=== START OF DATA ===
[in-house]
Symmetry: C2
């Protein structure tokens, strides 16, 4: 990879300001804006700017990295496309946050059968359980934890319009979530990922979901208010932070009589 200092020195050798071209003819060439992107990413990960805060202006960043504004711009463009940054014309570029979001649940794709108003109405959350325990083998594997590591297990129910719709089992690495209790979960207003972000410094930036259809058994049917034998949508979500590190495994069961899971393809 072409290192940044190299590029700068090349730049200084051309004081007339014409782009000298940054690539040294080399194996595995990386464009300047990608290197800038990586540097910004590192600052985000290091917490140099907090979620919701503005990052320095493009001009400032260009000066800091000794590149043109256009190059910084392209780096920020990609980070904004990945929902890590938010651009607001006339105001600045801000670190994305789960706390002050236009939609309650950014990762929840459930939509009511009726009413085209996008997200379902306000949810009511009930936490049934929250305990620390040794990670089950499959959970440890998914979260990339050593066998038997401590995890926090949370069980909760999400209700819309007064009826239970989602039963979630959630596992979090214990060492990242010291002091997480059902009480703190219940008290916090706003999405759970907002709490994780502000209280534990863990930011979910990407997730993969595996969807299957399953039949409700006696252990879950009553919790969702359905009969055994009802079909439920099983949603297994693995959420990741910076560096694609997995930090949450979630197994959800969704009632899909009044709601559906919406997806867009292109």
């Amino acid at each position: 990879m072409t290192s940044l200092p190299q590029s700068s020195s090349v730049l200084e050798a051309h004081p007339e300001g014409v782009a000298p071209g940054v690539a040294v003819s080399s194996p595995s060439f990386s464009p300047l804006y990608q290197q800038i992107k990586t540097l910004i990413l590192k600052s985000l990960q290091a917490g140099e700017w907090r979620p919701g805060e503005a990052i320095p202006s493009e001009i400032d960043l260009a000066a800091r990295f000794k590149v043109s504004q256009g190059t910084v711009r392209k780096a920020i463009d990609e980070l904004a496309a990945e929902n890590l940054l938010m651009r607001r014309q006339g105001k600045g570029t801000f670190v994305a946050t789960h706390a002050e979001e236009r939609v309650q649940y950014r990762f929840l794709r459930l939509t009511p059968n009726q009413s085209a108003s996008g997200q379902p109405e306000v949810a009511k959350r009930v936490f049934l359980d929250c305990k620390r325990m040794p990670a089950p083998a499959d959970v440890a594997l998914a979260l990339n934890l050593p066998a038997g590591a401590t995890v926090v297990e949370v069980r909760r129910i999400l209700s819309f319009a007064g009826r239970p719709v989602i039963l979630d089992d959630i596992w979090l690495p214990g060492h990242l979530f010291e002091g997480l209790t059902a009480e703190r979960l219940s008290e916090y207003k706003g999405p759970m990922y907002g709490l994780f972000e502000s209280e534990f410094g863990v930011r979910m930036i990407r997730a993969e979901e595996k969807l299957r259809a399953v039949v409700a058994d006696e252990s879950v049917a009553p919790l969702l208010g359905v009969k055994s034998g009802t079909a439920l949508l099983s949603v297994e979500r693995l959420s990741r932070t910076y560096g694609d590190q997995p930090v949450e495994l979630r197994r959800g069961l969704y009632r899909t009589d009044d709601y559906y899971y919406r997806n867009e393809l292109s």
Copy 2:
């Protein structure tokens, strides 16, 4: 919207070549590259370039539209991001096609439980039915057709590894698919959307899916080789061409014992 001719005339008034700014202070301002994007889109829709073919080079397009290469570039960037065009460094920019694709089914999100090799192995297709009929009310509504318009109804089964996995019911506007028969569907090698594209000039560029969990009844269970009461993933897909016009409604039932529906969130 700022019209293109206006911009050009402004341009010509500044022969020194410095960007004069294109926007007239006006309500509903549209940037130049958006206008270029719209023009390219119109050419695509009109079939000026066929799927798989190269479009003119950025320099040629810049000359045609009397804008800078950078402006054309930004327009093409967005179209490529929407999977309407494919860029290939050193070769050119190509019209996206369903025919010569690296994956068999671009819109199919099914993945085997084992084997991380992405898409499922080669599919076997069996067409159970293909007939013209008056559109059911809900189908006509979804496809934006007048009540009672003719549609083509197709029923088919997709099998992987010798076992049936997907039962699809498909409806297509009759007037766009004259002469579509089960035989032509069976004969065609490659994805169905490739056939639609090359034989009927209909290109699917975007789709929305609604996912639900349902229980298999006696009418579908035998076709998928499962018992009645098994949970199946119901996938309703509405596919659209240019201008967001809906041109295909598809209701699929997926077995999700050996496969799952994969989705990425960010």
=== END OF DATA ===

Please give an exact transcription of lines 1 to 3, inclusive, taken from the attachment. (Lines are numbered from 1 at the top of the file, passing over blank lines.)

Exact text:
[in-house]
Symmetry: C2
């Protein structure tokens, strides 16, 4: 990879300001804006700017990295496309946050059968359980934890319009979530990922979901208010932070009589 200092020195050798071209003819060439992107990413990960805060202006960043504004711009463009940054014309570029979001649940794709108003109405959350325990083998594997590591297990129910719709089992690495209790979960207003972000410094930036259809058994049917034998949508979500590190495994069961899971393809 072409290192940044190299590029700068090349730049200084051309004081007339014409782009000298940054690539040294080399194996595995990386464009300047990608290197800038990586540097910004590192600052985000290091917490140099907090979620919701503005990052320095493009001009400032260009000066800091000794590149043109256009190059910084392209780096920020990609980070904004990945929902890590938010651009607001006339105001600045801000670190994305789960706390002050236009939609309650950014990762929840459930939509009511009726009413085209996008997200379902306000949810009511009930936490049934929250305990620390040794990670089950499959959970440890998914979260990339050593066998038997401590995890926090949370069980909760999400209700819309007064009826239970989602039963979630959630596992979090214990060492990242010291002091997480059902009480703190219940008290916090706003999405759970907002709490994780502000209280534990863990930011979910990407997730993969595996969807299957399953039949409700006696252990879950009553919790969702359905009969055994009802079909439920099983949603297994693995959420990741910076560096694609997995930090949450979630197994959800969704009632899909009044709601559906919406997806867009292109």